December 20th, 2010 marks the start of six years of anniversary celebrations for the American Civil War. Exactly 150 years ago, the state of South Carolina voted to secede from the Union. Within two months, the Confederate States of America were formally established, eventually growing to eleven states.
Why did they secede? I'll let Confederate Vice-President Alexander Stephens do the talking. Here is the famous excerpt from the cornerstone speech which puts it pretty bluntly (hint: slavery):
The new constitution has put at rest, forever, all the agitating questions relating to our peculiar institution — African slavery as it exists amongst us — the proper status of the negro in our form of civilization. This was the immediate cause of the late rupture and present revolution. Jefferson in his forecast, had anticipated this, as the "rock upon which the old Union would split." He was right. What was conjecture with him, is now a realized fact. But whether he fully comprehended the great truth upon which that rock stood and stands, may be doubted.
(Jefferson's) ideas, however, were fundamentally wrong. They rested upon the assumption of the equality of races. This was an error. ... Our new government is founded upon exactly the opposite idea; its foundations are laid, its corner–stone rests, upon the great truth that the negro is not equal to the white man; that slavery — subordination to the superior race — is his natural and normal condition.
I was reminded of this ensuing anniversary thanks to an article over at National Parks Traveler:
American Indians in the Civil War? Petersburg National Battlefield is Part of the Story
Here is a brief excerpt:
The 150th Anniversary of the Civil War is nearly here and a recent event at Petersburg National Battlefield underscored a bit of history that often escapes much notice—the role of American Indians in the conflict.
Estimates of the number of American Indians who fought for either the Union or the Confederacy vary widely; several sources cite numbers ranging from about 6,000 to over 20,000 men. One example occurred at Petersburg, Virginia, and that story has recently received some renewed attention.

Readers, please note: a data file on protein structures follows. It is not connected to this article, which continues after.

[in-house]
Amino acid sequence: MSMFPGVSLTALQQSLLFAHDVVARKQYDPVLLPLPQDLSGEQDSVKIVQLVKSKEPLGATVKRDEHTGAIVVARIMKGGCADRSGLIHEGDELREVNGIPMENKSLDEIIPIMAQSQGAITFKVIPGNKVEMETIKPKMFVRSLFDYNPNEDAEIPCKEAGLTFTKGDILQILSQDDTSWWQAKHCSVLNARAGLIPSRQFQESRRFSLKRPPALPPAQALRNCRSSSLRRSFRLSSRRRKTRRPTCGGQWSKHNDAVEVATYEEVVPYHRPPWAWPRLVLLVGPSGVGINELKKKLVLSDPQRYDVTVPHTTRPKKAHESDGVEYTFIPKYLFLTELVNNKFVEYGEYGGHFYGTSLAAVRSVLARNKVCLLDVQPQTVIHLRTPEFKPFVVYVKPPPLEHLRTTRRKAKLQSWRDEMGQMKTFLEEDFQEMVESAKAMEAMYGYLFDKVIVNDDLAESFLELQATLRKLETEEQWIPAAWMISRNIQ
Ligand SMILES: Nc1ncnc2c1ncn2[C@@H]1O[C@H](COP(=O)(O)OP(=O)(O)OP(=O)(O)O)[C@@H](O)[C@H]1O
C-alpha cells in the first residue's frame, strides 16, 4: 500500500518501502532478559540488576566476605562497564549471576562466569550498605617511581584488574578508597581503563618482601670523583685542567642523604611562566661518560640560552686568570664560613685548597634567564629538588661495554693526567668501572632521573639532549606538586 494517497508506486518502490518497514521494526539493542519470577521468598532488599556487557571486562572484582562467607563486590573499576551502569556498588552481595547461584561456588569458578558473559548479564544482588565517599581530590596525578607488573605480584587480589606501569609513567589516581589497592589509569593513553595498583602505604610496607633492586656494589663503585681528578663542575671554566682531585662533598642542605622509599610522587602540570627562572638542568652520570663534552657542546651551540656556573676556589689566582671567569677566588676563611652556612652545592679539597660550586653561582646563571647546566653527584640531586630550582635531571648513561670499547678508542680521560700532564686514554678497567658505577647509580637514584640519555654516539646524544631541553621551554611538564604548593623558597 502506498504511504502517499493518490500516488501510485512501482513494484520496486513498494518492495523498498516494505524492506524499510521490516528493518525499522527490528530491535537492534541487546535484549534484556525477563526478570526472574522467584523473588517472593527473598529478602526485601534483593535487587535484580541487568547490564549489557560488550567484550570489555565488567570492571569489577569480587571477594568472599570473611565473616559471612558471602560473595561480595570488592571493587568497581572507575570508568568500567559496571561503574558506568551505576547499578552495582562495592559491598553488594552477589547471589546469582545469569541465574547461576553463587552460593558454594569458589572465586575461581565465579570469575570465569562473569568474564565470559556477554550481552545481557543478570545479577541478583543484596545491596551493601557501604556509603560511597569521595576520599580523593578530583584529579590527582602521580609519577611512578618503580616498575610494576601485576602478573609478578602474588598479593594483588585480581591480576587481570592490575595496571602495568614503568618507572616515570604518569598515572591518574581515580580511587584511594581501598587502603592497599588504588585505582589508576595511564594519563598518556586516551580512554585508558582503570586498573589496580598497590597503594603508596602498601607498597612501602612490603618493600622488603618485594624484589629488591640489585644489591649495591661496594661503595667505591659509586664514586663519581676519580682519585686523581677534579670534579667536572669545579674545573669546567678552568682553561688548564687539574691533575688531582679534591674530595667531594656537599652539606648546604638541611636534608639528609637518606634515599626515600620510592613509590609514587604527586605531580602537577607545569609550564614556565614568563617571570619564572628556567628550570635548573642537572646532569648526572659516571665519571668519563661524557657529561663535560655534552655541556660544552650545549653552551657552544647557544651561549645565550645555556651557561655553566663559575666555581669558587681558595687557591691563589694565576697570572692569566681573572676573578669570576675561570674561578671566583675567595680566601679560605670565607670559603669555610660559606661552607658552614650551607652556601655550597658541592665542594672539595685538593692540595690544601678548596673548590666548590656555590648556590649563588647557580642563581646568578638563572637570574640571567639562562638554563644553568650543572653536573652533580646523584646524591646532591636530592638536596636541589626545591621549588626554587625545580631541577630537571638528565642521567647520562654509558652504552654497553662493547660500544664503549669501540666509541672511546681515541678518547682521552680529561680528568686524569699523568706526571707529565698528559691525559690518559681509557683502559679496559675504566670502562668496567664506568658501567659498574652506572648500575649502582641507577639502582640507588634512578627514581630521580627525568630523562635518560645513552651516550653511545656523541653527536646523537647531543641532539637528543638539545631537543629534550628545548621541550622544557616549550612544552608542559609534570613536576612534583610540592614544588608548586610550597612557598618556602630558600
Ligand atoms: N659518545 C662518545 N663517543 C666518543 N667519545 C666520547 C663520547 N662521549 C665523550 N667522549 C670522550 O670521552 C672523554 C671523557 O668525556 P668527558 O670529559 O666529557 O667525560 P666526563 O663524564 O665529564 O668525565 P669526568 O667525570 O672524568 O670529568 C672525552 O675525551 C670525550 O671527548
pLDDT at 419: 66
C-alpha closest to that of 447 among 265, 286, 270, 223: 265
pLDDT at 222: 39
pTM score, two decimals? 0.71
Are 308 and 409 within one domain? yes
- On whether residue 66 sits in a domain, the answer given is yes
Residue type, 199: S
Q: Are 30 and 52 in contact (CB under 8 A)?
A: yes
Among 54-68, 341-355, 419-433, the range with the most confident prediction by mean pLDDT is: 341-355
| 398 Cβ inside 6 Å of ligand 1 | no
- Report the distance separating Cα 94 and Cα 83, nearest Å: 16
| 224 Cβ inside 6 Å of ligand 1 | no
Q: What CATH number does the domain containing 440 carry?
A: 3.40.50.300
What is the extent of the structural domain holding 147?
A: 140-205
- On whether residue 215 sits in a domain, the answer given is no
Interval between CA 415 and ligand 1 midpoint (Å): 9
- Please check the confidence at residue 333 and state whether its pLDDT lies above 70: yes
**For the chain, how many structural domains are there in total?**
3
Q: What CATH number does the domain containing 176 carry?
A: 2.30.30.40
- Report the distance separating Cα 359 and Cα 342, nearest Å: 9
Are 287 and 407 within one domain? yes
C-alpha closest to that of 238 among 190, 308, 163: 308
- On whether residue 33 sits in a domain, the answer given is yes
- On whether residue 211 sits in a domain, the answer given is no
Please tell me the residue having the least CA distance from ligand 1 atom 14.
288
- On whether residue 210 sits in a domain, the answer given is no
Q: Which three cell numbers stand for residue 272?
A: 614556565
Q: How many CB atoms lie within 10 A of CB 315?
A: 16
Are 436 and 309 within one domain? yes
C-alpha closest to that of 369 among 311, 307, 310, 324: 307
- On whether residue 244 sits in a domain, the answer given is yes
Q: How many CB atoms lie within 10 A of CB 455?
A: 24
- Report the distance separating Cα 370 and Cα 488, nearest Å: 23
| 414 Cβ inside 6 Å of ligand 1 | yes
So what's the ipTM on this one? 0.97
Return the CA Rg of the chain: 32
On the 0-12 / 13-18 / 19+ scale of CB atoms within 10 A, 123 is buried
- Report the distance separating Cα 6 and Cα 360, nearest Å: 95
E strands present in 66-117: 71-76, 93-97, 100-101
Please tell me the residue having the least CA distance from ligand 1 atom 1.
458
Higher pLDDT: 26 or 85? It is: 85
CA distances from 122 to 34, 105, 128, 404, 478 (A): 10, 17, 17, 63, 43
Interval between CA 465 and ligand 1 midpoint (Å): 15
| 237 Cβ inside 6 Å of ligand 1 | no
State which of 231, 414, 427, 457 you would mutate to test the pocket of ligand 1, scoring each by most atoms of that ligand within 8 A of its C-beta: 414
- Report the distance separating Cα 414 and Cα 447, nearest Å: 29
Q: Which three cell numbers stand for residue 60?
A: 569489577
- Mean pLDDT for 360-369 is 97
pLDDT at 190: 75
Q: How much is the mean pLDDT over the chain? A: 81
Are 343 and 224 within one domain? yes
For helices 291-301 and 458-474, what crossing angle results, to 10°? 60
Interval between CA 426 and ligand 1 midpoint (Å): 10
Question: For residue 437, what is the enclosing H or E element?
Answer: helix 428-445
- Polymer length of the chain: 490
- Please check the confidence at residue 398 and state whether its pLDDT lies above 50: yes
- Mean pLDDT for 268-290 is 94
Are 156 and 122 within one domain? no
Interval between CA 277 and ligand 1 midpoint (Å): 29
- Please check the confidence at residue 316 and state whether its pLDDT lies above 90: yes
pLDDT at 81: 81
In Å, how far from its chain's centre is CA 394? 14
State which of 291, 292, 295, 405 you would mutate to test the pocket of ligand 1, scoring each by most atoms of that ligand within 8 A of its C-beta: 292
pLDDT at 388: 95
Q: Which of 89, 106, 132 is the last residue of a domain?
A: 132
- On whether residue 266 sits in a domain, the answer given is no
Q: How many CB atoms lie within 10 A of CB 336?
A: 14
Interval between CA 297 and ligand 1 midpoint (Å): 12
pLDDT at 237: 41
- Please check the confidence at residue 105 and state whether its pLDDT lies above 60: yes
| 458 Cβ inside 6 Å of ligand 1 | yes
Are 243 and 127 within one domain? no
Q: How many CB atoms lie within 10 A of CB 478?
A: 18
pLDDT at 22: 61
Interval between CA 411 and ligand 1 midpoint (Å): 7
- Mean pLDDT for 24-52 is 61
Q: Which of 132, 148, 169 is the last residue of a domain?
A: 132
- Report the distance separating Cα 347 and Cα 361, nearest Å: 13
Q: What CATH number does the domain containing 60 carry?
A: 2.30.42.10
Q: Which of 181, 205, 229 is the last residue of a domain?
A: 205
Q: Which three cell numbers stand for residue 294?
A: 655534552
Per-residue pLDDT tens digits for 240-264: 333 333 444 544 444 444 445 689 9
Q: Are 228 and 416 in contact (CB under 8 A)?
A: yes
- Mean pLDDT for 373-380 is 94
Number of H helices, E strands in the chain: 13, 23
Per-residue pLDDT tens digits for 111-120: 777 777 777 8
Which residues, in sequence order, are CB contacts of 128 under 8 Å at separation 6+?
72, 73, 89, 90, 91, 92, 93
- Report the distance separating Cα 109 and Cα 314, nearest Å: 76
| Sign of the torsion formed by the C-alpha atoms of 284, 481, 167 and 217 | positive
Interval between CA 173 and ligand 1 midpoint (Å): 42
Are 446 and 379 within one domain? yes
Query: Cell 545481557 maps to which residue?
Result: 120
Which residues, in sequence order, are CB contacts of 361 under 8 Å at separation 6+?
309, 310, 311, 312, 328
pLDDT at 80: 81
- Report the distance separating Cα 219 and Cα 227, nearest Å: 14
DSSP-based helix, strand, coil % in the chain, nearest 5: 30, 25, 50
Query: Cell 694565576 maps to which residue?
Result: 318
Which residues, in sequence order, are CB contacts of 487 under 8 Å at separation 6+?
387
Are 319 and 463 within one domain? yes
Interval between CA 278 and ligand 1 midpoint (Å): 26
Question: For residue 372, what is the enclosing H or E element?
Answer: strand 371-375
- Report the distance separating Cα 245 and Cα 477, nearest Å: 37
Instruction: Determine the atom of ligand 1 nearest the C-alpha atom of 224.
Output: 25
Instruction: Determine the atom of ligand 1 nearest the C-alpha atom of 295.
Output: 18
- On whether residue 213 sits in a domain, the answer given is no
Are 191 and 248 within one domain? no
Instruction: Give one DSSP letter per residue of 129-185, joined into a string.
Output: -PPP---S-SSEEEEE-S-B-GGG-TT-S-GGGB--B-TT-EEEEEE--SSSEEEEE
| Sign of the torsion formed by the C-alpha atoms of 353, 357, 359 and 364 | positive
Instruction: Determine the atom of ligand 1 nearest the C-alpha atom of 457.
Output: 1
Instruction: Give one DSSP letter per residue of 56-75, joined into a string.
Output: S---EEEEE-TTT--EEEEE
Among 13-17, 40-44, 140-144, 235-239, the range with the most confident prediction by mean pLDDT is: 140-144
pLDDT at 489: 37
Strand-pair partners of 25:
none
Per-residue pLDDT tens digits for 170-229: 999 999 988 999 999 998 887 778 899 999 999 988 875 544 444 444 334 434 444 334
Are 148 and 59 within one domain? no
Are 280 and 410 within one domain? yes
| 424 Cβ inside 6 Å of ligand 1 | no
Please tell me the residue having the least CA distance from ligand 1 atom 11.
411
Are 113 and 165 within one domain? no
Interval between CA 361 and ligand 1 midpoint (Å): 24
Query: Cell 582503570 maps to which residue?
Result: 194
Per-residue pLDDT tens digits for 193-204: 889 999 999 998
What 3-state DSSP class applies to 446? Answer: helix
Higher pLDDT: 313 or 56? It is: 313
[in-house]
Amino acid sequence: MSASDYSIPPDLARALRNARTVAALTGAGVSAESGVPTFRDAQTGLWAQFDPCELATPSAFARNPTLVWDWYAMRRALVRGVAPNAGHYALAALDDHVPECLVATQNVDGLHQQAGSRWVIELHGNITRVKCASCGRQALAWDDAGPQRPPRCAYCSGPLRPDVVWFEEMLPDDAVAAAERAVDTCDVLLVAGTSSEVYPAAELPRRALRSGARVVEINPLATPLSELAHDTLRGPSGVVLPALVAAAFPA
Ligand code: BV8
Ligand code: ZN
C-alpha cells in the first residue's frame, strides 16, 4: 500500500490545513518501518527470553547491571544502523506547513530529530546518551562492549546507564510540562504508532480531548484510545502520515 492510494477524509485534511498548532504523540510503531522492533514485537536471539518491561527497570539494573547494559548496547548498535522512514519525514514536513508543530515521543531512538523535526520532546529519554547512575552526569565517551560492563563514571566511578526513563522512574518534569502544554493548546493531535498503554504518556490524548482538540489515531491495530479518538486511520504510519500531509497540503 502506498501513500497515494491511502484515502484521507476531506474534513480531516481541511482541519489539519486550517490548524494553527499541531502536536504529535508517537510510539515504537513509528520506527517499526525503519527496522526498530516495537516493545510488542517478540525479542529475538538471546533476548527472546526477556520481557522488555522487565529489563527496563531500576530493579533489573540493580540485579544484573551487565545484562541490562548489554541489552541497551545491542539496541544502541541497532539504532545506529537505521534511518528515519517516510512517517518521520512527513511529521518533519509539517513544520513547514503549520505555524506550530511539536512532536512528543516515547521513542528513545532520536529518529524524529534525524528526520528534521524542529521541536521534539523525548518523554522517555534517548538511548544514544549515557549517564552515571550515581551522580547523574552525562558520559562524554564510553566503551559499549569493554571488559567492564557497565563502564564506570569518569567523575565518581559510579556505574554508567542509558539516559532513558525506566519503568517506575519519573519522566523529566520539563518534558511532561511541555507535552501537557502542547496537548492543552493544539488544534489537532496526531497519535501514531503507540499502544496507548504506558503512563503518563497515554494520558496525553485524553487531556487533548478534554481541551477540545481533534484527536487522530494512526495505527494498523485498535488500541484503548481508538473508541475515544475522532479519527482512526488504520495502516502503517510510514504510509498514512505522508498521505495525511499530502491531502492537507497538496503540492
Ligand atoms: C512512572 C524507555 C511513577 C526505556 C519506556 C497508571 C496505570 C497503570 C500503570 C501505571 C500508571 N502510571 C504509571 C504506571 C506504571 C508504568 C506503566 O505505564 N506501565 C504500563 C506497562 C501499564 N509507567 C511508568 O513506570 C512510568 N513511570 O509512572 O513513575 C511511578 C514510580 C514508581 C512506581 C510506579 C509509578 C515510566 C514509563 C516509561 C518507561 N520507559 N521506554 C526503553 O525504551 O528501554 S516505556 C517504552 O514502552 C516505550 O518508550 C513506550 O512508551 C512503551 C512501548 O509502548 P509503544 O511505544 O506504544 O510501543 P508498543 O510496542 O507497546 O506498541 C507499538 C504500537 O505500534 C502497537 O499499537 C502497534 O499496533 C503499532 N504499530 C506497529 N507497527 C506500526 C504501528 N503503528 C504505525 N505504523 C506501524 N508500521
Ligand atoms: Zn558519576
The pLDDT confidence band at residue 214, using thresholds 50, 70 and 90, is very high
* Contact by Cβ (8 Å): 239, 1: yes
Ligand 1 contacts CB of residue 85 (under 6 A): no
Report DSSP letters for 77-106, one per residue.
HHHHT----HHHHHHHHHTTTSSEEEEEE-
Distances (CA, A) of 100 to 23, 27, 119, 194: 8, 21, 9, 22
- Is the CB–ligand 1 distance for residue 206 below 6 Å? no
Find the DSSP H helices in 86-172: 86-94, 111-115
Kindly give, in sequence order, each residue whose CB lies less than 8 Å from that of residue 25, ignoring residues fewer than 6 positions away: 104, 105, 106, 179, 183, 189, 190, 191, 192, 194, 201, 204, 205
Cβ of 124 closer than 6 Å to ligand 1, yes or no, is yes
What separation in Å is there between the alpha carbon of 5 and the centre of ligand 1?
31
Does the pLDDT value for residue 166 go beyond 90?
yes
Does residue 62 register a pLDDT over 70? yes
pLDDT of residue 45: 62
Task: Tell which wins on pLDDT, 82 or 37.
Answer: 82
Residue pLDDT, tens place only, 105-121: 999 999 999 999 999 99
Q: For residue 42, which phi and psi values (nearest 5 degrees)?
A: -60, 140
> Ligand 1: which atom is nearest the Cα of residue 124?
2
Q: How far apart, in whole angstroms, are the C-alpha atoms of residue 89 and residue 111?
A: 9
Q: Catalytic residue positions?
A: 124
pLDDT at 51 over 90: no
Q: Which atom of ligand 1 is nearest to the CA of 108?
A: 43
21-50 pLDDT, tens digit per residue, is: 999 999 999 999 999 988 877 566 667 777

The article goes on to describe Company K of the First Michigan Sharpshooters who fought at Petersburg. Company K consisted entirely of American Indians from Michigan who enlisted in the Union Army.
According to information from the park, "The 1st Michigan Sharpshooters fought valiantly in every major battle in the Petersburg campaign. The American Indians were a memorable presence at the Battle of the Crater, where they were noticed for their composure under adversity. A Union officer described watching a group of them pull their jackets over their faces and sing their death chant when trapped in the crater under Confederate fire.
The Park Service realized many of the dead from Company K were buried at the local cemetery and decided to contact the "the tribes to arrange a nation to nation consultation on how to move forward with the cemetery restoration project under the provisions of Section 106 of the National Historic Preservation Act and the Native American Graves Protection and Repatriation Act."
Eric Hemenway, a tribal repatriation specialist who works with the Little Traverse Bay Bands of Odawa Indians, was one of several Native representatives who traveled to Petersburg. Hemenway noted:
“We want to have Company K’s story told from our perspective... It’s been a local legend passed down in our community but outside of our community, it’s like a secret. No one really knows about Company K...
Their rights aren’t fully recognized, yet they voluntarily go and fight. They weren’t drafted or forced. That’s kind of amazing. In 1820, the United States Army tried to push them out of Michigan, but 40 years later, the men of Company K joined that same Army. They went above and beyond the normal call of duty."
Hemenway finished saying:
“We’re just happy the park is being proactive and asking input from the tribes to tell their story. We’re still here and we have a story to tell.”
This is a great article for several reasons:
1. It shows just how far the National Park Service has come in its relations with Indian people. What was once a relationship of mistrust and hostility is slowly transforming into one of cooperation and understanding.
2. It reminds us that Indian people in the 1860s were not all stuck on the plains playing charades with Kevin Costner but rather lived side by side (and fought side by side) with a diverse lot of Americans from all backgrounds.
3. And despite this interaction, Indian people maintained and lived out their own culture and traditions within the bloody battlefields of the Civil War.
4. Lastly, it's a great reminder that Indian people not only fought in the Civil War but fought on both sides. Just as brother fought brother in the Civil War so did Native brother fight Native brother.
Stand Watie, Principal Chief of the Cherokee Nation (1862-1866)